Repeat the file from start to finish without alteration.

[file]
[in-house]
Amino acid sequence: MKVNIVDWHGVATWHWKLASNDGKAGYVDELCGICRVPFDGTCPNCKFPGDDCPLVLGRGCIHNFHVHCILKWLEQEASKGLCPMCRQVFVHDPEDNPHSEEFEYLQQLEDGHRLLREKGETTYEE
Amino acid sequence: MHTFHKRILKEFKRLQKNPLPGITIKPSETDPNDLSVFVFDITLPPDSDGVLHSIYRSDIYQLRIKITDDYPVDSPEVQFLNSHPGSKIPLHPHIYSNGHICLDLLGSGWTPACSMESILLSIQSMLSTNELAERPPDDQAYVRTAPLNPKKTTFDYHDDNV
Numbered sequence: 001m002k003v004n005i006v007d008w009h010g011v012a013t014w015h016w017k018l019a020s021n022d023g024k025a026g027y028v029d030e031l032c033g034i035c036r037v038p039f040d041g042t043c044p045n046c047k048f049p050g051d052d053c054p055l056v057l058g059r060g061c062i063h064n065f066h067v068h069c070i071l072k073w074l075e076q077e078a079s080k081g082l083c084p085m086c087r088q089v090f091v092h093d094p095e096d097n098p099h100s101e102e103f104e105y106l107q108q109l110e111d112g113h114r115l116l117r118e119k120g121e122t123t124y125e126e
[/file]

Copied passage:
[in-house]
Amino acid sequence: MKVNIVDWHGVATWHWKLASNDGKAGYVDELCGICRVPFDGTCPNCKFPGDDCPLVLGRGCIHNFHVHCILKWLEQEASKGLCPMCRQVFVHDPEDNPHSEEFEYLQQLEDGHRLLREKGETTYEE
Amino acid sequence: MHTFHKRILKEFKRLQKNPLPGITIKPSETDPNDLSVFVFDITLPPDSDGVLHSIYRSDIYQLRIKITDDYPVDSPEVQFLNSHPGSKIPLHPHIYSNGHICLDLLGSGWTPACSMESILLSIQSMLSTNELAERPPDDQAYVRTAPLNPKKTTFDYHDDNV
Numbered sequence: 001m002k003v004n005i006v007d008w009h010g011v012a013t014w015h016w017k018l019a020s021n022d023g024k025a026g027y028v029d030e031l032c033g034i035c036r037v038p039f040d041g042t043c044p045n046c047k048f049p050g051d052d053c054p055l056v057l058g059r060g061c062i063h064n065f066h067v068h069c070i071l072k073w074l075e076q077e078a079s080k081g082l083c084p085m086c087r088q089v090f091v092h093d094p095e096d097n098p099h100s101e102e103f104e105y106l107q108q109l110e111d112g113h114r115l116l117r118e119k120g121e122t123t124y125e126e